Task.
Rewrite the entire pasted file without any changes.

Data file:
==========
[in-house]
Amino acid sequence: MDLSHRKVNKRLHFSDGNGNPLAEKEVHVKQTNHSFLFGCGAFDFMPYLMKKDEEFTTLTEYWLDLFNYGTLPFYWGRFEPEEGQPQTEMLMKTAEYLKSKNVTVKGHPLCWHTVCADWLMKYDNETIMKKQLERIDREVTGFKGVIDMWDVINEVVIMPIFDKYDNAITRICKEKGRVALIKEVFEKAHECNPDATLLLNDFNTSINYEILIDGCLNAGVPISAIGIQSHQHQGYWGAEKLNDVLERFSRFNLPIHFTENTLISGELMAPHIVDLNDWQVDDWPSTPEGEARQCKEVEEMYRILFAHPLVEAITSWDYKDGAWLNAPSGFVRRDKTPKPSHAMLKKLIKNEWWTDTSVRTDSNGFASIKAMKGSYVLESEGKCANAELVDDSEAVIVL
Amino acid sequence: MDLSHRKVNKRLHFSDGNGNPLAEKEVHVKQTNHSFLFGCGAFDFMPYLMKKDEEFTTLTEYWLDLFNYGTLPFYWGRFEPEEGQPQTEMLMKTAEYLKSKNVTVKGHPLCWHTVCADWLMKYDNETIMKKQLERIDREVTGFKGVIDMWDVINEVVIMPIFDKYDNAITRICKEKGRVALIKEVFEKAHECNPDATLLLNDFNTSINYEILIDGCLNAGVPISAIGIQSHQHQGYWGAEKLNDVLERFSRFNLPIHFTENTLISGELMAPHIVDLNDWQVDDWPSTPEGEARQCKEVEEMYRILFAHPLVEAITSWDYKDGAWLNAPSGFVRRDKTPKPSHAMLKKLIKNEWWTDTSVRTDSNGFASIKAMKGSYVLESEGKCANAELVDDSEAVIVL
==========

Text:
[in-house]
Amino acid sequence: MDLSHRKVNKRLHFSDGNGNPLAEKEVHVKQTNHSFLFGCGAFDFMPYLMKKDEEFTTLTEYWLDLFNYGTLPFYWGRFEPEEGQPQTEMLMKTAEYLKSKNVTVKGHPLCWHTVCADWLMKYDNETIMKKQLERIDREVTGFKGVIDMWDVINEVVIMPIFDKYDNAITRICKEKGRVALIKEVFEKAHECNPDATLLLNDFNTSINYEILIDGCLNAGVPISAIGIQSHQHQGYWGAEKLNDVLERFSRFNLPIHFTENTLISGELMAPHIVDLNDWQVDDWPSTPEGEARQCKEVEEMYRILFAHPLVEAITSWDYKDGAWLNAPSGFVRRDKTPKPSHAMLKKLIKNEWWTDTSVRTDSNGFASIKAMKGSYVLESEGKCANAELVDDSEAVIVL
Amino acid sequence: MDLSHRKVNKRLHFSDGNGNPLAEKEVHVKQTNHSFLFGCGAFDFMPYLMKKDEEFTTLTEYWLDLFNYGTLPFYWGRFEPEEGQPQTEMLMKTAEYLKSKNVTVKGHPLCWHTVCADWLMKYDNETIMKKQLERIDREVTGFKGVIDMWDVINEVVIMPIFDKYDNAITRICKEKGRVALIKEVFEKAHECNPDATLLLNDFNTSINYEILIDGCLNAGVPISAIGIQSHQHQGYWGAEKLNDVLERFSRFNLPIHFTENTLISGELMAPHIVDLNDWQVDDWPSTPEGEARQCKEVEEMYRILFAHPLVEAITSWDYKDGAWLNAPSGFVRRDKTPKPSHAMLKKLIKNEWWTDTSVRTDSNGFASIKAMKGSYVLESEGKCANAELVDDSEAVIVL